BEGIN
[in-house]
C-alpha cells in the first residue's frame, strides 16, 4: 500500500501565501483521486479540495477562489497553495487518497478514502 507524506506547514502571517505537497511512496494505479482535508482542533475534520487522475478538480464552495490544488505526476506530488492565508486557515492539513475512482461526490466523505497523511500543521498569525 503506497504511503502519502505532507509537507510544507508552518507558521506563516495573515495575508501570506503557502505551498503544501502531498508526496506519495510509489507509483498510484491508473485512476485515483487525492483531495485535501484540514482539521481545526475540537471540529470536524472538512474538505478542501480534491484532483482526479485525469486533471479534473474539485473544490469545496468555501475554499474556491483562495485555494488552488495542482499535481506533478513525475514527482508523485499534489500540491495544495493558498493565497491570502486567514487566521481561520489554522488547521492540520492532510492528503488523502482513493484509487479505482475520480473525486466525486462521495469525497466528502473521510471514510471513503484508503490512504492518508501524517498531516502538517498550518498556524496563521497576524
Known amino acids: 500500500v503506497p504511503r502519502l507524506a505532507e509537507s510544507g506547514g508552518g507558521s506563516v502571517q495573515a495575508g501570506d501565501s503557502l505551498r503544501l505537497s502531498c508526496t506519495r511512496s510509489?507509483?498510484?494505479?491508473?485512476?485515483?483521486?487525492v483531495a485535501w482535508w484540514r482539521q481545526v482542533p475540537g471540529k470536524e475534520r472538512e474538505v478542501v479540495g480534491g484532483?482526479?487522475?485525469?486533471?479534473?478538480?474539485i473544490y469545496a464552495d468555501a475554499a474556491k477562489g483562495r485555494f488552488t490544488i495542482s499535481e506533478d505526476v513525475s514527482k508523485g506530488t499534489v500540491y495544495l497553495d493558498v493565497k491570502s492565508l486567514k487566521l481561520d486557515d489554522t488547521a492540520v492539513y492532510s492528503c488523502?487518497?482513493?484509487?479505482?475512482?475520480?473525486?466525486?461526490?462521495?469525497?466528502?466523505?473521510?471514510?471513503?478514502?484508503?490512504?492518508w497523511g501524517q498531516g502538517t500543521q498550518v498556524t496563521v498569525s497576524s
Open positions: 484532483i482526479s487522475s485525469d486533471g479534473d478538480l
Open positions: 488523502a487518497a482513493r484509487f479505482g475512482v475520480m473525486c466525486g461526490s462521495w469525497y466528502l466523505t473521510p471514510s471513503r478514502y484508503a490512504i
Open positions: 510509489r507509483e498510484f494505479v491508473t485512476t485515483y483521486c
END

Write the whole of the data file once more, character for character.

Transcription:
[in-house]
C-alpha cells in the first residue's frame, strides 16, 4: 500500500501565501483521486479540495477562489497553495487518497478514502 507524506506547514502571517505537497511512496494505479482535508482542533475534520487522475478538480464552495490544488505526476506530488492565508486557515492539513475512482461526490466523505497523511500543521498569525 503506497504511503502519502505532507509537507510544507508552518507558521506563516495573515495575508501570506503557502505551498503544501502531498508526496506519495510509489507509483498510484491508473485512476485515483487525492483531495485535501484540514482539521481545526475540537471540529470536524472538512474538505478542501480534491484532483482526479485525469486533471479534473474539485473544490469545496468555501475554499474556491483562495485555494488552488495542482499535481506533478513525475514527482508523485499534489500540491495544495493558498493565497491570502486567514487566521481561520489554522488547521492540520492532510492528503488523502482513493484509487479505482475520480473525486466525486462521495469525497466528502473521510471514510471513503484508503490512504492518508501524517498531516502538517498550518498556524496563521497576524
Known amino acids: 500500500v503506497p504511503r502519502l507524506a505532507e509537507s510544507g506547514g508552518g507558521s506563516v502571517q495573515a495575508g501570506d501565501s503557502l505551498r503544501l505537497s502531498c508526496t506519495r511512496s510509489?507509483?498510484?494505479?491508473?485512476?485515483?483521486?487525492v483531495a485535501w482535508w484540514r482539521q481545526v482542533p475540537g471540529k470536524e475534520r472538512e474538505v478542501v479540495g480534491g484532483?482526479?487522475?485525469?486533471?479534473?478538480?474539485i473544490y469545496a464552495d468555501a475554499a474556491k477562489g483562495r485555494f488552488t490544488i495542482s499535481e506533478d505526476v513525475s514527482k508523485g506530488t499534489v500540491y495544495l497553495d493558498v493565497k491570502s492565508l486567514k487566521l481561520d486557515d489554522t488547521a492540520v492539513y492532510s492528503c488523502?487518497?482513493?484509487?479505482?475512482?475520480?473525486?466525486?461526490?462521495?469525497?466528502?466523505?473521510?471514510?471513503?478514502?484508503?490512504?492518508w497523511g501524517q498531516g502538517t500543521q498550518v498556524t496563521v498569525s497576524s
Open positions: 484532483i482526479s487522475s485525469d486533471g479534473d478538480l
Open positions: 488523502a487518497a482513493r484509487f479505482g475512482v475520480m473525486c466525486g461526490s462521495w469525497y466528502l466523505t473521510p471514510s471513503r478514502y484508503a490512504i
Open positions: 510509489r507509483e498510484f494505479v491508473t485512476t485515483y483521486c